If you are growing your own plants, whether flowers or vegetables, you want them to grow well and be strong and healthy.
Many gardeners resist using artificial fertilisers and there is a great interest in learning how to compost.
Generations of gardeners have done this and only fell out of favour when chemical fertilisers were first produced.
Today, with increasing awareness of the need to reduce carbon dioxide emissions and landfill, and to garden without too many chemicals, composting is definitely back.
Is making your own compost eco-friendly?
It certainly is.
Not only do you prevent most of your garden waste going off to landfill, where it rots down to produce methane, it helps you garden more organically.
You can also use some of your kitchen waste, reducing what goes into your bin and reducing your household contribution to landfill.
What do I need for composting?
Even a small garden can have a small compost bin.
You can buy one of these; different designs are available, including ones that are easy to turn over, to mix the composting material inside.
This allows air to get in and mixes everything up so that it has a more even texture.
You can also make your own, or have a local ‘handyman’ do it for you.
A simple wooden frame just over a metre square is a good design, made with slats of wood nailed to posts put into the ground.
The wood doesn’t have to be specially treated, but it will rot down itself over time.
When that happens, just knock it down and start again with more wood.
How do I build up material in a compost bin?
There is a bit of an art to building up a successful compost heap.
The science behind composting is quite complex but what you need to do is create the conditions that will allow dead plant matter to rot quickly, with plenty of oxygen, so that bacteria can get to work to break down the plant tissues.
Keeping the compost aerated is important – the plant material that goes to landfill produces methane because it is so tightly compacted with other stuff that it becomes cut off from oxygen and rots anaerobically.
- Add material in layers: you will probably have grass cuttings to compost, but these don’t rot down well unless they are put into the compost bin or heap in layers, interspersed with other plant matter such as weeds, small plants, cuttings or leaf sweepings.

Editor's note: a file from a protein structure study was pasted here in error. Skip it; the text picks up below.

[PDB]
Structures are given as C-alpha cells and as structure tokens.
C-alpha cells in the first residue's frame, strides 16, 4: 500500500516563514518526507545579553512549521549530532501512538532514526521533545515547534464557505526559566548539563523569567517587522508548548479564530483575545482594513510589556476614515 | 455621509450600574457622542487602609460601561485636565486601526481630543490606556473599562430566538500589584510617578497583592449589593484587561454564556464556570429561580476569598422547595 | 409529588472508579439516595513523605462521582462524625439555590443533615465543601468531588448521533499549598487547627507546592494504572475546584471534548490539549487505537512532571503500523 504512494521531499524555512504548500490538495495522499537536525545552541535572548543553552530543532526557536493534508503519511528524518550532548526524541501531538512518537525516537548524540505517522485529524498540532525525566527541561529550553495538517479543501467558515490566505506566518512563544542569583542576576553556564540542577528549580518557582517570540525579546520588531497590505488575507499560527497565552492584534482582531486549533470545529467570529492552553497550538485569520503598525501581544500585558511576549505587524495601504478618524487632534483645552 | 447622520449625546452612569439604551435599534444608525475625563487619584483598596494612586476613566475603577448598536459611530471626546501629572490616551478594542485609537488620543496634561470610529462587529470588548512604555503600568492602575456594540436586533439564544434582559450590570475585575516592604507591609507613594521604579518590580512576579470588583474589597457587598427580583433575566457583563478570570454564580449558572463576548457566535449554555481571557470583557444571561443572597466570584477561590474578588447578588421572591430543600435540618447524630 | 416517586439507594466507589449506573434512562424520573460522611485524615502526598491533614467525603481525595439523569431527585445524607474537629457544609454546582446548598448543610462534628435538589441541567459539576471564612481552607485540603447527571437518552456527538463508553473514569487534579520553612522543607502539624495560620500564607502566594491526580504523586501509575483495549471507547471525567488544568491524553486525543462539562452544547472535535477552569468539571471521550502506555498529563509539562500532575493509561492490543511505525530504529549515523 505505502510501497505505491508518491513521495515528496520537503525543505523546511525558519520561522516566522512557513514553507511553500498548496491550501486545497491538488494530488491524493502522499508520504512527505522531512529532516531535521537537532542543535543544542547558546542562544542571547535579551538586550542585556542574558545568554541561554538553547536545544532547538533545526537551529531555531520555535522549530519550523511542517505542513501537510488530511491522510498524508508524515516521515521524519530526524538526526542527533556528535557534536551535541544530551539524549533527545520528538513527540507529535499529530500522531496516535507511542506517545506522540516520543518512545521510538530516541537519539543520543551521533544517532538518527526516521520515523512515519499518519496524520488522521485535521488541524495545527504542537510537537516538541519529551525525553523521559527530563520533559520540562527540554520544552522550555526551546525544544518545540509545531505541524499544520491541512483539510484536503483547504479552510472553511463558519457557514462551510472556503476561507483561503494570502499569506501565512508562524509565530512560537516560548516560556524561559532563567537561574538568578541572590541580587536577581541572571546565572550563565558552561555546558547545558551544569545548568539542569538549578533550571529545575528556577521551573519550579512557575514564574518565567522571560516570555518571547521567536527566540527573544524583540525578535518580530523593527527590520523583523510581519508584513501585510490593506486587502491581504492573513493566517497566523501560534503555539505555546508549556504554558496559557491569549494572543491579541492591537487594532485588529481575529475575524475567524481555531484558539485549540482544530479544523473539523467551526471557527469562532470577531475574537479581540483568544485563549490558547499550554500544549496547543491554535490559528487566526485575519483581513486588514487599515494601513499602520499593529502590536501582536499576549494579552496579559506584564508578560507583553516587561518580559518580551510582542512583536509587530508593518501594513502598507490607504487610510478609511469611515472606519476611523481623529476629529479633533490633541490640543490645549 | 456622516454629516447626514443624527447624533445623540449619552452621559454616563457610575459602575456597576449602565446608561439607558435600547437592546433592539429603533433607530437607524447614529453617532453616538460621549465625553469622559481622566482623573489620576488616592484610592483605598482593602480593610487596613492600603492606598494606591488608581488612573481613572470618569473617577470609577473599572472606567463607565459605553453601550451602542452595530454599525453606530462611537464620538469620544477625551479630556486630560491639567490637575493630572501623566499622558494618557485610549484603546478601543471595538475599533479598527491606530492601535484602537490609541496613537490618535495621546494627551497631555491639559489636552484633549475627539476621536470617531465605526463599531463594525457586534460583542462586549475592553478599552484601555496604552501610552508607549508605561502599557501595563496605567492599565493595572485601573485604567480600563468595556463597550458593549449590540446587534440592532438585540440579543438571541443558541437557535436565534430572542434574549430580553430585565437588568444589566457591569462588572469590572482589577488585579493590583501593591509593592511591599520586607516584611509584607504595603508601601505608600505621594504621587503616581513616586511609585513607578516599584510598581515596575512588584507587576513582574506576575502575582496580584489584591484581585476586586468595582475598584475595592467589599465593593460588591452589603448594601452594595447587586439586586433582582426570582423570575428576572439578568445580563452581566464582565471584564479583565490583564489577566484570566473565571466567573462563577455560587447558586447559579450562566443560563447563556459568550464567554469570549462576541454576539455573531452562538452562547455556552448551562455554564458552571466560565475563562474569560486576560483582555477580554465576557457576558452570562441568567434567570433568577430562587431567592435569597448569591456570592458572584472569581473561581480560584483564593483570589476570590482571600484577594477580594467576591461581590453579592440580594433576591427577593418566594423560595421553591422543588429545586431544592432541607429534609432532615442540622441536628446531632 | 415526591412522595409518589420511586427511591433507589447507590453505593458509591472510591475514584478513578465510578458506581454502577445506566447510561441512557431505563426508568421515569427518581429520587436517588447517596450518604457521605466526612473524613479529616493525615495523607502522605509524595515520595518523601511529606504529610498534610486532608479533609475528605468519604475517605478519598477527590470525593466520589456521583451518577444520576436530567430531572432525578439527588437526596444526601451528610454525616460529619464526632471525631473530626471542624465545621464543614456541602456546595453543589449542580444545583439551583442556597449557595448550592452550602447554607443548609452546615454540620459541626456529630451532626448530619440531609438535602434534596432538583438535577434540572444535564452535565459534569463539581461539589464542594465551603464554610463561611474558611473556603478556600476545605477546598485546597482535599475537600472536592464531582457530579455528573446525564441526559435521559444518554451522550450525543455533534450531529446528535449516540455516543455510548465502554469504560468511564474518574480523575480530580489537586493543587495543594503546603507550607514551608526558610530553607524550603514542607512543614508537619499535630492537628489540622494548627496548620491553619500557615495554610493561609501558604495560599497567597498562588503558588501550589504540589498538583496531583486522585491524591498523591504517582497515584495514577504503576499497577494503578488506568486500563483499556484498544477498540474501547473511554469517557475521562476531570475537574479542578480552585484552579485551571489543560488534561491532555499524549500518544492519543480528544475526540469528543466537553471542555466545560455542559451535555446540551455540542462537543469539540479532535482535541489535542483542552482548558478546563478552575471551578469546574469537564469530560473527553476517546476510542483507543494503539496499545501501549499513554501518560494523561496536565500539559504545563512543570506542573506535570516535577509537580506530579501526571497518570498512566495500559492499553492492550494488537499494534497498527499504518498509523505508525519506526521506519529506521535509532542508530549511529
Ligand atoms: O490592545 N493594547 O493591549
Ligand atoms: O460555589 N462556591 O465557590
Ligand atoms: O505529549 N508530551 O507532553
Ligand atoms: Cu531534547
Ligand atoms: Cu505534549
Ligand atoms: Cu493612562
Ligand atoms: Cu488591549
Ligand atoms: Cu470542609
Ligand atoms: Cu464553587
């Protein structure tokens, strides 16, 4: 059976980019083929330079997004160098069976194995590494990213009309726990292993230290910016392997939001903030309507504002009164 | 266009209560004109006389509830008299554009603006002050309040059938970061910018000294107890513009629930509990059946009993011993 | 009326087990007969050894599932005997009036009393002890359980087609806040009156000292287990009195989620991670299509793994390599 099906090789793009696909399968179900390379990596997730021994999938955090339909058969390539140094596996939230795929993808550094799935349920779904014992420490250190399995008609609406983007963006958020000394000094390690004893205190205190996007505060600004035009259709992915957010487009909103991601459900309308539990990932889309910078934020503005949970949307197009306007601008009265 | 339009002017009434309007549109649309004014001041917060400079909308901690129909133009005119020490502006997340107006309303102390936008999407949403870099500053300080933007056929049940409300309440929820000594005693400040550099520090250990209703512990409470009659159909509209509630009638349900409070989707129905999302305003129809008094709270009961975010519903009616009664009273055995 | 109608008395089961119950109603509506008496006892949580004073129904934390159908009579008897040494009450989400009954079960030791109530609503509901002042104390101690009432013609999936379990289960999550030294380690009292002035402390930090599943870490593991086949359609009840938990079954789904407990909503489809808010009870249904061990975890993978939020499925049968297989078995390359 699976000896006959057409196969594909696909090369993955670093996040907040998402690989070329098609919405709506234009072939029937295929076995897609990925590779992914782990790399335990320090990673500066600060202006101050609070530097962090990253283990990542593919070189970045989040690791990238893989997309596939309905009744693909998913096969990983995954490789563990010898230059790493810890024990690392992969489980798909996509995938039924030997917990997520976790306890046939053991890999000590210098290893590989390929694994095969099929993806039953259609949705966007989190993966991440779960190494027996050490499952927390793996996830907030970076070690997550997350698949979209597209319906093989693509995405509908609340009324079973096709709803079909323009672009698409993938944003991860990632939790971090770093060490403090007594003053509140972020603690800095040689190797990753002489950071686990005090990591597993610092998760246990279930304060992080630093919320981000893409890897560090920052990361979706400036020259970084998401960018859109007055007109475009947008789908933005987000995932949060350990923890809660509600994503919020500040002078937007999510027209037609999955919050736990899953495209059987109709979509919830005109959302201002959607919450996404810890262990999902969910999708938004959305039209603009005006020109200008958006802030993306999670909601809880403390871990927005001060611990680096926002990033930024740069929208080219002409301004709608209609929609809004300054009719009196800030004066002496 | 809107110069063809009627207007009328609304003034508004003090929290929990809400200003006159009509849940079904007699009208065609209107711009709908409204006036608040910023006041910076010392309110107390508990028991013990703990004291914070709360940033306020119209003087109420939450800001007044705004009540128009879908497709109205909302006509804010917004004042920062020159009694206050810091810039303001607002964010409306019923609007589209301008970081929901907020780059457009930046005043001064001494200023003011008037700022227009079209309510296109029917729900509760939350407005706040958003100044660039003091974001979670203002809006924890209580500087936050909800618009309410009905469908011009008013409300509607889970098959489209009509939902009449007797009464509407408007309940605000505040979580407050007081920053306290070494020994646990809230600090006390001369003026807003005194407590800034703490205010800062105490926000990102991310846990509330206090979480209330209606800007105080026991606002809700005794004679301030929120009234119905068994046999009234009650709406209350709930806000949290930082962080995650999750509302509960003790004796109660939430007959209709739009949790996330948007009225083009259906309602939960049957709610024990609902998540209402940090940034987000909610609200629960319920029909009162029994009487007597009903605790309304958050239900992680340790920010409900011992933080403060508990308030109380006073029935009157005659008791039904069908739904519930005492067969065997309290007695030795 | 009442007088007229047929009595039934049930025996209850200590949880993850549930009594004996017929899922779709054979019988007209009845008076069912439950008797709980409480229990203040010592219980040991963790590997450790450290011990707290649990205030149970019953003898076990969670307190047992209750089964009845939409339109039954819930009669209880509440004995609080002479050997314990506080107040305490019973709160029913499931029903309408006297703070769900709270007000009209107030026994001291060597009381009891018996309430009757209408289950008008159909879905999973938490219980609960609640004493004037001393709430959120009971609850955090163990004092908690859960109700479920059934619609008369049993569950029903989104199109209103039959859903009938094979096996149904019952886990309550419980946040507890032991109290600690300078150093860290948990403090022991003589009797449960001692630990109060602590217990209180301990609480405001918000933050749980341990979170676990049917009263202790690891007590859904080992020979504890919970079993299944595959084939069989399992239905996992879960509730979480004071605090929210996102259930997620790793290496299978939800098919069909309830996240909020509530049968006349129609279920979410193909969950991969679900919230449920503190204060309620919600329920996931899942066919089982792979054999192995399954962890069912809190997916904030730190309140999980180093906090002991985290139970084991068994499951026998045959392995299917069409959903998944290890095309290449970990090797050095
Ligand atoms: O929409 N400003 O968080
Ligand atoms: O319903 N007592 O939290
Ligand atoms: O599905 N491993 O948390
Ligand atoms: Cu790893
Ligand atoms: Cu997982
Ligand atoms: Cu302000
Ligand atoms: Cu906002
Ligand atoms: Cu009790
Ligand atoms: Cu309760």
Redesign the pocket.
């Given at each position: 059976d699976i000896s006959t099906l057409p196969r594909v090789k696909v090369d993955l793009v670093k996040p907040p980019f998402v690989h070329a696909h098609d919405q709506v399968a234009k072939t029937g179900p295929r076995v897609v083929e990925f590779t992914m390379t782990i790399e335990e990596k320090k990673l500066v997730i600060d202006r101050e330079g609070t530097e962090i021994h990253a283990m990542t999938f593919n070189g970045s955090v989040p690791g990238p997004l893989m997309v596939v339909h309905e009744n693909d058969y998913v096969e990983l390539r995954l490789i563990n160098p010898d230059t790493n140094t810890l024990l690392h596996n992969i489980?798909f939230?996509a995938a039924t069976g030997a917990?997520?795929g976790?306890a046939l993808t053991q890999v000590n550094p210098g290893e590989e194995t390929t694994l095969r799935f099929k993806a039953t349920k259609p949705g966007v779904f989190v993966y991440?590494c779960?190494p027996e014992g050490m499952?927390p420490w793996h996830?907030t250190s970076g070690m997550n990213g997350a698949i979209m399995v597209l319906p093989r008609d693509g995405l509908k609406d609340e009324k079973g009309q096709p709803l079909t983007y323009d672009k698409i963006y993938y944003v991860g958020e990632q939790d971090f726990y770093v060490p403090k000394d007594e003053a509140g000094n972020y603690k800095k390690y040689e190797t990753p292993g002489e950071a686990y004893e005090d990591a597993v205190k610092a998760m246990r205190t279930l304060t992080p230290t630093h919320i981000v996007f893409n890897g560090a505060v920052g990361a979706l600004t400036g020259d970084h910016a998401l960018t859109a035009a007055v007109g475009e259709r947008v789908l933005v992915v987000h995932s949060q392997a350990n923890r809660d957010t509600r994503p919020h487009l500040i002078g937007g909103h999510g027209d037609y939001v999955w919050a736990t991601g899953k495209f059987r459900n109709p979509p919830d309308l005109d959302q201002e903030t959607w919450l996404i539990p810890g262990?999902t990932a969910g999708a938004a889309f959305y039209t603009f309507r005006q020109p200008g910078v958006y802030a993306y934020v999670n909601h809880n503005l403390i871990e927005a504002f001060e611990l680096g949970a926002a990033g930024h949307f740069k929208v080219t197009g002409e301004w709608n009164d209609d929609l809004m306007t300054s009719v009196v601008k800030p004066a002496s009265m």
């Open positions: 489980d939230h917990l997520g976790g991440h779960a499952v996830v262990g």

- Keep moist: water is important for composting as damp conditions promote the growth of bacteria and moulds. Water your compost heap or bin occasionally to add moisture, but don’t leave it waterlogged.
- Get things hotting up: leaving the compost undisturbed for a few weeks will get the inside of the compost heap nice and warm.That will accelerate the rotting process, but will happen more in the centre.
- Create a good turnover: mixing a compost heap allows the faster rotting material at the centre of the heap to mix with the material on the outside, which will rot more slowly as its drier and cooler.
What can I put into compost?
Adding material to your compost bin in layers is best.
Alternate grass clippings with:
- Household waste such as potato peelings, carrot peelings and tops, tea bags, coffee grounds, egg shells, the contents of your vacuum cleaner (particularly if you have cats and dogs – lots of organic matter there).
- Weeds that you have pulled up from the garden. The only weeds to avoid are ones that you have pre-treated with weed killer.
- Hedge trimmings and shrub trimmings. Try to keep the size of the additions small though; adding larger branches is a waste of time as they will take too long to rot down.
- Dead leaves. It is worth saving autumn leaves in bags so that you can keep adding them to the compost over the next spring and summer. They will start rotting down, but once in the bin will help the texture of the compost no end.
What can’t I add to the compost bin?
Larger plant material such as branches from a tree trim, but it’s also best to avoid:
- Waste food containing meat. Having rotting meat in a compost bin is a bad idea because it smells and it can attract rats.
- Leaves from rhubarb. These are high in oxalic acid and can produce compost that is toxic to some plants.
Image Attribution – Compost. Created 6/12/2006 Photographer: Kessner Photography.